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Summary

Most people start smoking at a younger stage of life where, maybe, they're under a lot of stress. There's a lot of uncertainty, a lot of self-doubt. They don't feel self-confident in themselves. Then, over the years, they kind of grow up a bit. They mature a bit, and they get to the point where they're a little bit more motivated to care for themselves and look after themselves. They get to that point where they feel a strong desire to want to stop smoking. They use some patches, change some routines, they break the habit, and everything is going fine. They stay on the wagon so long as life doesn't get in the way.

The realistic probability of the treatment being successful long term becomes a lot more unpredictable if you're the kind of person who smokes not just because it's a bad habit, but if you're the kind of smoker who uses cigarettes as a coping mechanism or, essentially, you're using smoking to sort of medicate your emotions. If that describes you, and you try patches and therapies focusing purely on breaking the habit, I mean, you'll be fine so long as life is fine. But once when you hit one of the hurdles up ahead you will want to slip back into your old ways and habits, by that point, you want to make sure that you've got a new and healthier coping mechanism installed to make sure that you don't regress into your old familiar patterns. You will find out exactly how to create better coping mechanisms in this audiobook.

The other thing that happens to a lot of people that use smoking as a coping mechanism is, once the particular therapy gets rid of the desire to smoke, then they end up transferring that desire onto something else, some other addiction, some other coping mechanism that they use to medicate their emotions with instead. Now, it could be other drugs, but the most common thing is foods. A lot of people end up addicted to comfort eating instead. Again, if you want to learn how to better avoid this trap, this audiobook is for you.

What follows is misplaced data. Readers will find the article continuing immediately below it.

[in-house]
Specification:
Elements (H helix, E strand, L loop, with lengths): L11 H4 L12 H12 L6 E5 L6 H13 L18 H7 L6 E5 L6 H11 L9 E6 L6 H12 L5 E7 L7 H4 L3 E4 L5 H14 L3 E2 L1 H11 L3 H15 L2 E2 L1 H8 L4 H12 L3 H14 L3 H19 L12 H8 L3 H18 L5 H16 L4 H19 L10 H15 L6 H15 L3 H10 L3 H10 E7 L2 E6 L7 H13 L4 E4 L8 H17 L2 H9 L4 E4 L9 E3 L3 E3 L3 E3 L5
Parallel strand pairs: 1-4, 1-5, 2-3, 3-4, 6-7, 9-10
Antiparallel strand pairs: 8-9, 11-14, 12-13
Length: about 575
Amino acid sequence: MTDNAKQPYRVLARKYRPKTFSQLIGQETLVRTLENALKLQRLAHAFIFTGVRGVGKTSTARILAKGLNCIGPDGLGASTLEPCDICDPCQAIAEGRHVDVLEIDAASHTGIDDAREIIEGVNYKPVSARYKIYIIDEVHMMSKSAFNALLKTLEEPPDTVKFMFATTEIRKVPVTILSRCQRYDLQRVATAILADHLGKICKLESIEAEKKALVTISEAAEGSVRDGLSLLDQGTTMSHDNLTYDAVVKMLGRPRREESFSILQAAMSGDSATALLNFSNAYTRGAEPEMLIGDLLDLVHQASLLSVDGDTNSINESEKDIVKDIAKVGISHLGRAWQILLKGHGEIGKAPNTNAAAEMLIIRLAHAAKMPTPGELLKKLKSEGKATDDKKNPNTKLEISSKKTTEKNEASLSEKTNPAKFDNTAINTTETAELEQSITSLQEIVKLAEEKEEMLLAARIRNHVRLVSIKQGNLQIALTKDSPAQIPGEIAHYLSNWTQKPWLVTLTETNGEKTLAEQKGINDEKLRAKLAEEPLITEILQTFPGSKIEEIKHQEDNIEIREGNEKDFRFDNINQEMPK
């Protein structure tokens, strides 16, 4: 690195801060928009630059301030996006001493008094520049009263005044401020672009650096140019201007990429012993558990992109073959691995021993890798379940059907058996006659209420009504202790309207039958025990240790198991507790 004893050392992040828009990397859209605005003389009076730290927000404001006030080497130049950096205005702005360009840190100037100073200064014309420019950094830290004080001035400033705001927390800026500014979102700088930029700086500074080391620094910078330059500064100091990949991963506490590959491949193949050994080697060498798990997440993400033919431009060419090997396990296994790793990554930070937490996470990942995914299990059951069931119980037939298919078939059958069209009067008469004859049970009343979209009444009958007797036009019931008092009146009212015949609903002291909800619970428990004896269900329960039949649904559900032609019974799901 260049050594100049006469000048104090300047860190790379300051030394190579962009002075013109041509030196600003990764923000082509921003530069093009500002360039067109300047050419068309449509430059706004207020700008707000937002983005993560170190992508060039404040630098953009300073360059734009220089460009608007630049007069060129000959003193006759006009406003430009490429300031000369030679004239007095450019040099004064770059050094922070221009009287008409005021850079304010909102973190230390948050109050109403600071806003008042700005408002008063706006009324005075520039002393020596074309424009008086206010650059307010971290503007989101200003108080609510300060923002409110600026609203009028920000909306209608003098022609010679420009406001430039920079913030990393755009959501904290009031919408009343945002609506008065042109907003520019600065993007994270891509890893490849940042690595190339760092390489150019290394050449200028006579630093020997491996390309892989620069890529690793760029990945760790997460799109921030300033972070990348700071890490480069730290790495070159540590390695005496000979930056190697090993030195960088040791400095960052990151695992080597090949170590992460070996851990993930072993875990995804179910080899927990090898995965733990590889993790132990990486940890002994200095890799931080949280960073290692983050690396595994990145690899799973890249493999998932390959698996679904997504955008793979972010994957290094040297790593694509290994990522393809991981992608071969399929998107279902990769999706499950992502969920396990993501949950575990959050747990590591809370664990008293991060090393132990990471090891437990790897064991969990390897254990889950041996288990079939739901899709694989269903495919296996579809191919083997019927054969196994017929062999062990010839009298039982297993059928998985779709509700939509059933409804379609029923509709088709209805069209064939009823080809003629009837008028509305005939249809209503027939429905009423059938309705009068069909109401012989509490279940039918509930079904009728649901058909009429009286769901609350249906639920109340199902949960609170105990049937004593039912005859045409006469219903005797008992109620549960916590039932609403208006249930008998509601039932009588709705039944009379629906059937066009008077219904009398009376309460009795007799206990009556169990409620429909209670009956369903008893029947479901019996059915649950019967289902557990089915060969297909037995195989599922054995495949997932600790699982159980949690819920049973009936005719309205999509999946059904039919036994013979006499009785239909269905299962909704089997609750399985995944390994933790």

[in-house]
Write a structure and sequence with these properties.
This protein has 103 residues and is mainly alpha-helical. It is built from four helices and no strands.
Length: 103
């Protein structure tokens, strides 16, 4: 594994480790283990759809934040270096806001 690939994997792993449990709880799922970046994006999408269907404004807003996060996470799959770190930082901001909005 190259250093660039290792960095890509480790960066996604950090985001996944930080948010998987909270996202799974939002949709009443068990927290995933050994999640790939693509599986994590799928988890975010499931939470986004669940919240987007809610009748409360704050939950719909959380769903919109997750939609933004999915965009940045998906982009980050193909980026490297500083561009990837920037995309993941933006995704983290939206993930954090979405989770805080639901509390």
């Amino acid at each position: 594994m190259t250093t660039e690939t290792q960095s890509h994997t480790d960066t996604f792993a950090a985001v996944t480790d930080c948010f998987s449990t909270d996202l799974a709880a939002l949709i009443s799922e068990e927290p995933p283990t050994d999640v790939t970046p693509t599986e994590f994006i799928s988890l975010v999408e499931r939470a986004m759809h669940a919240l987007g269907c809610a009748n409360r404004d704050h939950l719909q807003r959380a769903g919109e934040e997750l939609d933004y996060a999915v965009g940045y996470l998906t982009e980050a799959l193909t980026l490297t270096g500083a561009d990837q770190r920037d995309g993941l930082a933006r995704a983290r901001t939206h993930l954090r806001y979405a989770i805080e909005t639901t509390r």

What's the difference between the kind of person who quits temporarily and then falls back into their old ways compared to the person who quits permanently? Well, the major difference is the person who quits temporarily will say that they essentially feel like the same person only without the cigarettes, whereas the person who quits permanently, they'll say that they feel like something has kind of changed on the inside.

This audiobook is about creating permanent change and there is a few things we need to do to create that change, whether its a bad eating habit or an addiction, the fundamental rules and guidelines for change stay the same, change is something I am an expert at creating, I create changes in people all over the world and changing your smoking habits and quitting smoking for good is no different to learning how to stress less and beat anxiety, in fact, I'm sure you know exactly what I'm talking about because you also smoke more when anxious and I right? If you not only want to quit smoking but quit smoking long term this audiobook is for you because it focuses on the fundamentals, the instincts and the problems driving you towards smoking, changing a habit is much like putting a band-aid on a very serious wound, listening to this audiobook is like going to hospital, we are going to get in and find out whats really going on and create change at the core.

©2020 Shane Cuthbert (P)2020 Shane Cuthbert

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